Because Indra went astray!

I was surprised when I heard that young K was going to spend a few days at home. I am always delighted when she is with us as she is a ray of sunshine, but this is school and unit test time so what the hell was she doing! I obviously had to ask what was happening. That is when I first heard of a custom called Chaupadi, practised in Nepal. What I was witnessing was a revised and 'modernised' version of this abhorrent custom. The article gives an elaborate description of the horror. In short a woman is considered 'unclean' while she is menstruating and is kept in isolation as the gods will be angered and bring ruin upon hapless male members of the family. So she is locked up in a dark hole. Men need to be protected as is always the case.

I do remember some elders in my own family make inane statements like 'don't touch the pickle jar' as it is believed that it will rot if touched by one who has her period. We were also banished from the prayer room and not taken to Temples. I found this unjust but never raised my voice as my parents, though traditional always sifted the grain from the chaff as far as traditions were concerned, and only taught me what they felt stood to logic and my cartesian mind. I remember telling my father first that I had had my period and we both went out to buy me a gift. I was 10!

This terrible custom does not stand to any logic, however warped. Menstruation is part of the normal growth of girl and needs to be celebrated just like you celebrate the first word, the first step, the first day at school and many more firsts. How illogical it is to consider the very essence of creation as something dirty! Having your first period is traumatic for any child. That is when she needs love, affection, help, care, tenderness and above all the presence of her family. Imagine how she feels when she is sent to the cowshed in the village or to strangers home in the city! Once upon a time this isolation was considered as 'forced rest' and could have made some sense if the woman was well looked after, but now she is still meant to work. As one woman says: if I can feed the cow when having my periods, why can't I drink its milk? If I can collect firewood for the kitchen, why can't I cook? If I touch a plant, it will die they say, then why am allowed to breast-feed in the chaupadi? This is absurd.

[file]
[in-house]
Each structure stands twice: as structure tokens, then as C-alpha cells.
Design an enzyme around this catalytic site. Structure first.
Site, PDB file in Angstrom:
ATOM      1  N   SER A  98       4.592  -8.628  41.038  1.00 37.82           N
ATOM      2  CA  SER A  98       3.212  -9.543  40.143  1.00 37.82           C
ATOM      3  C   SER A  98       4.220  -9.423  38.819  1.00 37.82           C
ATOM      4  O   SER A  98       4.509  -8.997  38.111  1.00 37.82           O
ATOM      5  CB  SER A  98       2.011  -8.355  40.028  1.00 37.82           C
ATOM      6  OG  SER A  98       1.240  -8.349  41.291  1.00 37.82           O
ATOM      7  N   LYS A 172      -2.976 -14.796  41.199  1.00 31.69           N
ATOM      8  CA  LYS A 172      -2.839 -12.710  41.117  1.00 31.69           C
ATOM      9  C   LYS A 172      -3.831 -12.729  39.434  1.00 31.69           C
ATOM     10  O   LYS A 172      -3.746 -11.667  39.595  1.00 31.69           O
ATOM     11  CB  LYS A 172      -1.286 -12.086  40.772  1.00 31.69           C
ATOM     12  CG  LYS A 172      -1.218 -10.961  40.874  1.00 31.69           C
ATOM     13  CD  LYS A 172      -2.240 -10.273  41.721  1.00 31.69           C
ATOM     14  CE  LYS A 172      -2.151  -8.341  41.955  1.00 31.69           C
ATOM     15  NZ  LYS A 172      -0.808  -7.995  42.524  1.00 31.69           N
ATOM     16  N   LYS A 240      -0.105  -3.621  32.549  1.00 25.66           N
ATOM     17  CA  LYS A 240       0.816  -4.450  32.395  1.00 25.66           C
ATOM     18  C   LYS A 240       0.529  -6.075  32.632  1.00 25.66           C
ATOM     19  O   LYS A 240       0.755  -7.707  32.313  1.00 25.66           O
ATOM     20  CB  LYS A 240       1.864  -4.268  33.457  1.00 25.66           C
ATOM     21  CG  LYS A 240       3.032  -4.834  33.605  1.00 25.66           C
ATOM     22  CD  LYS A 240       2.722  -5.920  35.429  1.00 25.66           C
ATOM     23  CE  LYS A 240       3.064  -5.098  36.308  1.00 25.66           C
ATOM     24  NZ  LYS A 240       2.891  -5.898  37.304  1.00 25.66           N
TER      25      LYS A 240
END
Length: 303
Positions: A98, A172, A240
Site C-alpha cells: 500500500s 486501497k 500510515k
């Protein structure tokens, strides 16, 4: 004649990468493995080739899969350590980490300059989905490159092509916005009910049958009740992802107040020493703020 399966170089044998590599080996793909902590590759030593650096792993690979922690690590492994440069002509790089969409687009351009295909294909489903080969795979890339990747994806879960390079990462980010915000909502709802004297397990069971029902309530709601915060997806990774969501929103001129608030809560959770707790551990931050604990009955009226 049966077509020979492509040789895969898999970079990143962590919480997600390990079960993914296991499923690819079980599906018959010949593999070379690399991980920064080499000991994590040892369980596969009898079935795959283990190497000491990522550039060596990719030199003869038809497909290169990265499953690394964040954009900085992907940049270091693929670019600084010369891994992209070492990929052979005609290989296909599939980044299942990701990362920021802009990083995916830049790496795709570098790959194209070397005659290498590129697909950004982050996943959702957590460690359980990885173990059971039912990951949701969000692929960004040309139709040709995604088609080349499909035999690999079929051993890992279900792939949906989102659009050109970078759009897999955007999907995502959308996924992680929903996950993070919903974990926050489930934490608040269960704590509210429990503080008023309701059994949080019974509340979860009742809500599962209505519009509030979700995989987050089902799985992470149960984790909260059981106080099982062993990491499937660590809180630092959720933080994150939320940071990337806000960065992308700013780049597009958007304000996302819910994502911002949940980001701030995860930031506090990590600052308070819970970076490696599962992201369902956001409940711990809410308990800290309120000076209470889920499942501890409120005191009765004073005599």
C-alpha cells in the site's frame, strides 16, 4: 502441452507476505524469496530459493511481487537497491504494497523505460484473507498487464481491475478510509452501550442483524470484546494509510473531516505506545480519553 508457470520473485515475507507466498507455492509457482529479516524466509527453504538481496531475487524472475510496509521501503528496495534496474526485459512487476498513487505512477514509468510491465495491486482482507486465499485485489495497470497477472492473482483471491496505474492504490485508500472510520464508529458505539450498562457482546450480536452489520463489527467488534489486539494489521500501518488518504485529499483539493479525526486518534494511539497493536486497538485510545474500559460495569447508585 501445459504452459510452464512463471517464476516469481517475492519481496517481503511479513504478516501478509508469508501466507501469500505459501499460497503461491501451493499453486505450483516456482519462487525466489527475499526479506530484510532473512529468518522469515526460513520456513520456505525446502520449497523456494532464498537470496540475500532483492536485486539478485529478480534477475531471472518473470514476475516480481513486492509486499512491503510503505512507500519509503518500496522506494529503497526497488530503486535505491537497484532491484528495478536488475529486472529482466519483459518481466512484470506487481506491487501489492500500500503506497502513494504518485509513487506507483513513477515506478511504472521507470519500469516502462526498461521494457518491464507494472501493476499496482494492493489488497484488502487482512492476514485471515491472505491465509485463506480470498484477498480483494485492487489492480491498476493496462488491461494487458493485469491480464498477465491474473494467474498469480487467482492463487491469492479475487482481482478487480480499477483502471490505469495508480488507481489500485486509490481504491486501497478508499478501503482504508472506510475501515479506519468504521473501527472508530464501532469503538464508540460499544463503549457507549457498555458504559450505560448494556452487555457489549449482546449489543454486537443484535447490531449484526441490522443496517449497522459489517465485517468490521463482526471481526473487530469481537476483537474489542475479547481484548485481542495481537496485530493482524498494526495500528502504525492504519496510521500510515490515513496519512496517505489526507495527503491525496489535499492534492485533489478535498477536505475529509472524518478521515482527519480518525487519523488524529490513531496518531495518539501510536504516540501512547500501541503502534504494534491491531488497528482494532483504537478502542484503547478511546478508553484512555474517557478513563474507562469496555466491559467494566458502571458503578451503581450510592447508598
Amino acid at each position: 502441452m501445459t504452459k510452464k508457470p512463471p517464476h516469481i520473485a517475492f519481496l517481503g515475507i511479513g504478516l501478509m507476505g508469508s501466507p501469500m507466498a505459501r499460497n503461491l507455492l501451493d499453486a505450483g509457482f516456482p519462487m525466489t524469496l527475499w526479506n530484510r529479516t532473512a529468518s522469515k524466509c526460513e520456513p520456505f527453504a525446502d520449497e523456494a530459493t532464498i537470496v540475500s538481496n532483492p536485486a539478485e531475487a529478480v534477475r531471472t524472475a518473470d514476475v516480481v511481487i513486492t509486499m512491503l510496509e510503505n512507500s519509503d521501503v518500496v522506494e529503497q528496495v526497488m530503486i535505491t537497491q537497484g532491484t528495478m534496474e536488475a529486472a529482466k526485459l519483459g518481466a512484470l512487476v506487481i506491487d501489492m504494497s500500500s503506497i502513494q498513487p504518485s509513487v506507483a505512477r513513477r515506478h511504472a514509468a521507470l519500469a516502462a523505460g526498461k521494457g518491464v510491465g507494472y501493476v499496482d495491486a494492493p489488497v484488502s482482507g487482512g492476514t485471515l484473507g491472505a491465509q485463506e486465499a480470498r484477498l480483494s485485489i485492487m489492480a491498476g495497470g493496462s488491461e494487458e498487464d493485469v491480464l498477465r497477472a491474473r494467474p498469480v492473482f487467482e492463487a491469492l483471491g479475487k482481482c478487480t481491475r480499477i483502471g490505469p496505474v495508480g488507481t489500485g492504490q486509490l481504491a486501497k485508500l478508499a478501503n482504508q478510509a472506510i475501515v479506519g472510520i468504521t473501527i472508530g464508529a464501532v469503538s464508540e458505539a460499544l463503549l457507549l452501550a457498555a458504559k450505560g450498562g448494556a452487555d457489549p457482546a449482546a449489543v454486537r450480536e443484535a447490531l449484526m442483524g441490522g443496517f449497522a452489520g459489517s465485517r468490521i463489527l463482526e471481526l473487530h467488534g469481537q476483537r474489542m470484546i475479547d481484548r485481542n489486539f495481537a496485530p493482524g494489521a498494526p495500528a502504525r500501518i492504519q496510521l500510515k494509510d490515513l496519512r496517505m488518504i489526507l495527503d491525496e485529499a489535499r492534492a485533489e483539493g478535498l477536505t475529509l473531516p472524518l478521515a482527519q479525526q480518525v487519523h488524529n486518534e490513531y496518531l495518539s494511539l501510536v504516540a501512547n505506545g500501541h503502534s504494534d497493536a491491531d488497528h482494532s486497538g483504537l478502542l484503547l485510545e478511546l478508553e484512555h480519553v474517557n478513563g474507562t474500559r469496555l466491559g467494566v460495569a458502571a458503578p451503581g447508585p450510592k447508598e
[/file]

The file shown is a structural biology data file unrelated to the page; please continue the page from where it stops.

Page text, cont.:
The watered down version that I am seeing today is incomprehensible. The young girl will continue to go to school and carry on with her life but cannot see any male member of her family for the next 7 days! Blissfully in this version this is only for the first cycle.

My curiosity compelled me to find out the origin of this Hindu practice and thanks to the WWW and Google this is what I foundAccording to religious folklore, Indra, the King of Heaven was accused of killing a Brahmin and because of the illicit acts with women that Indra committed during his quest to redeem his sin, for these acts all women were said to be punished through menstruation. So if I get it right, a God goes philandering and it is all women, including you and me, who are punished and tormented. Hey that is a good one for explaining all the rape and abuse against women. You are being raped because Indra went astray!

This practice has landed in our city because of the large number of migrants from the region where it is the most prevalent. Urban existence has compelled families to revisit the custom and contain it to the first cycle only. But that is probably the worst 'modernisation' you could have come up with.The first cycle is when a girl is still a child and when she needs maximum support. You cannot lock her away or send her to strangers. And how can you think that a menstruating child's touch can  hurt the males of the family! What she needs most is a hug from her father. That is what I got.

To be continued